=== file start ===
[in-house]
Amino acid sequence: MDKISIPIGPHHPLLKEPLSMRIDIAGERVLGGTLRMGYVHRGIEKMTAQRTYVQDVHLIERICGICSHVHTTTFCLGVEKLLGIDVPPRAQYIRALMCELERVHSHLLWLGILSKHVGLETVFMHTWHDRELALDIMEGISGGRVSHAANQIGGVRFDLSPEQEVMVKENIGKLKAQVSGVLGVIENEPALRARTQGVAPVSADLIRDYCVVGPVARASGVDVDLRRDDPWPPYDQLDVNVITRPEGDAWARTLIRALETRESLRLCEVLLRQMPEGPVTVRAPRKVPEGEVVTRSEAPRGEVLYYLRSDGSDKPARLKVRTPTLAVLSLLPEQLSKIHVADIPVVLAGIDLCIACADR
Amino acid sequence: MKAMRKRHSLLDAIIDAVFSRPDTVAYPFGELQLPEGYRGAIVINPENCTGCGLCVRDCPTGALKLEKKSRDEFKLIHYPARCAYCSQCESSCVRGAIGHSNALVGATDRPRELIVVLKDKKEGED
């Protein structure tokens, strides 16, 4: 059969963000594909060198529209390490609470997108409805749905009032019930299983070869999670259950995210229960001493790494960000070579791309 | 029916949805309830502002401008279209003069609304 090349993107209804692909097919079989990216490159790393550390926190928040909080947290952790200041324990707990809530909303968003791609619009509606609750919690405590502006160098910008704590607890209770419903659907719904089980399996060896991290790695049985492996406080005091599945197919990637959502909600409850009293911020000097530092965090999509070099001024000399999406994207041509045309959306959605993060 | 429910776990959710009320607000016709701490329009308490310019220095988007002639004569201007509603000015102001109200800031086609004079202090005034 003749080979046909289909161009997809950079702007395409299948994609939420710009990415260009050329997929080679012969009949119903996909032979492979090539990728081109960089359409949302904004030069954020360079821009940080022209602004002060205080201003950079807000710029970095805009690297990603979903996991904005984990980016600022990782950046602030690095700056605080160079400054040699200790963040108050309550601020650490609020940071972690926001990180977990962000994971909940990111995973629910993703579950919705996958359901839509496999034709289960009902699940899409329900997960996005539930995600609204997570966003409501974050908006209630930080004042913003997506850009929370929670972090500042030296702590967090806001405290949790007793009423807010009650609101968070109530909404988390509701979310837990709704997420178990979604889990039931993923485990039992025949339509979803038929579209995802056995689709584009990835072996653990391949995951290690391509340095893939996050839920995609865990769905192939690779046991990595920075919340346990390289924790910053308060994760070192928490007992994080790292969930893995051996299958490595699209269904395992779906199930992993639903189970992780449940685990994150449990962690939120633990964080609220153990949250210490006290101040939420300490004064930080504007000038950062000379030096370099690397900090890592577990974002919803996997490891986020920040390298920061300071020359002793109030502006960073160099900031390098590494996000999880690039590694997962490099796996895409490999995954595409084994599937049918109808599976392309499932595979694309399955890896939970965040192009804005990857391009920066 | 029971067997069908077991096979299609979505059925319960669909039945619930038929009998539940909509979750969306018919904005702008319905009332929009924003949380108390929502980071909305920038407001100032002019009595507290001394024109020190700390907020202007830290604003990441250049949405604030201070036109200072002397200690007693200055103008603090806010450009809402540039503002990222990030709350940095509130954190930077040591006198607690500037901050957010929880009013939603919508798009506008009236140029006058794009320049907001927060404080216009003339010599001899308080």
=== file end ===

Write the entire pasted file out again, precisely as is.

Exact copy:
[in-house]
Amino acid sequence: MDKISIPIGPHHPLLKEPLSMRIDIAGERVLGGTLRMGYVHRGIEKMTAQRTYVQDVHLIERICGICSHVHTTTFCLGVEKLLGIDVPPRAQYIRALMCELERVHSHLLWLGILSKHVGLETVFMHTWHDRELALDIMEGISGGRVSHAANQIGGVRFDLSPEQEVMVKENIGKLKAQVSGVLGVIENEPALRARTQGVAPVSADLIRDYCVVGPVARASGVDVDLRRDDPWPPYDQLDVNVITRPEGDAWARTLIRALETRESLRLCEVLLRQMPEGPVTVRAPRKVPEGEVVTRSEAPRGEVLYYLRSDGSDKPARLKVRTPTLAVLSLLPEQLSKIHVADIPVVLAGIDLCIACADR
Amino acid sequence: MKAMRKRHSLLDAIIDAVFSRPDTVAYPFGELQLPEGYRGAIVINPENCTGCGLCVRDCPTGALKLEKKSRDEFKLIHYPARCAYCSQCESSCVRGAIGHSNALVGATDRPRELIVVLKDKKEGED
């Protein structure tokens, strides 16, 4: 059969963000594909060198529209390490609470997108409805749905009032019930299983070869999670259950995210229960001493790494960000070579791309 | 029916949805309830502002401008279209003069609304 090349993107209804692909097919079989990216490159790393550390926190928040909080947290952790200041324990707990809530909303968003791609619009509606609750919690405590502006160098910008704590607890209770419903659907719904089980399996060896991290790695049985492996406080005091599945197919990637959502909600409850009293911020000097530092965090999509070099001024000399999406994207041509045309959306959605993060 | 429910776990959710009320607000016709701490329009308490310019220095988007002639004569201007509603000015102001109200800031086609004079202090005034 003749080979046909289909161009997809950079702007395409299948994609939420710009990415260009050329997929080679012969009949119903996909032979492979090539990728081109960089359409949302904004030069954020360079821009940080022209602004002060205080201003950079807000710029970095805009690297990603979903996991904005984990980016600022990782950046602030690095700056605080160079400054040699200790963040108050309550601020650490609020940071972690926001990180977990962000994971909940990111995973629910993703579950919705996958359901839509496999034709289960009902699940899409329900997960996005539930995600609204997570966003409501974050908006209630930080004042913003997506850009929370929670972090500042030296702590967090806001405290949790007793009423807010009650609101968070109530909404988390509701979310837990709704997420178990979604889990039931993923485990039992025949339509979803038929579209995802056995689709584009990835072996653990391949995951290690391509340095893939996050839920995609865990769905192939690779046991990595920075919340346990390289924790910053308060994760070192928490007992994080790292969930893995051996299958490595699209269904395992779906199930992993639903189970992780449940685990994150449990962690939120633990964080609220153990949250210490006290101040939420300490004064930080504007000038950062000379030096370099690397900090890592577990974002919803996997490891986020920040390298920061300071020359002793109030502006960073160099900031390098590494996000999880690039590694997962490099796996895409490999995954595409084994599937049918109808599976392309499932595979694309399955890896939970965040192009804005990857391009920066 | 029971067997069908077991096979299609979505059925319960669909039945619930038929009998539940909509979750969306018919904005702008319905009332929009924003949380108390929502980071909305920038407001100032002019009595507290001394024109020190700390907020202007830290604003990441250049949405604030201070036109200072002397200690007693200055103008603090806010450009809402540039503002990222990030709350940095509130954190930077040591006198607690500037901050957010929880009013939603919508798009506008009236140029006058794009320049907001927060404080216009003339010599001899308080």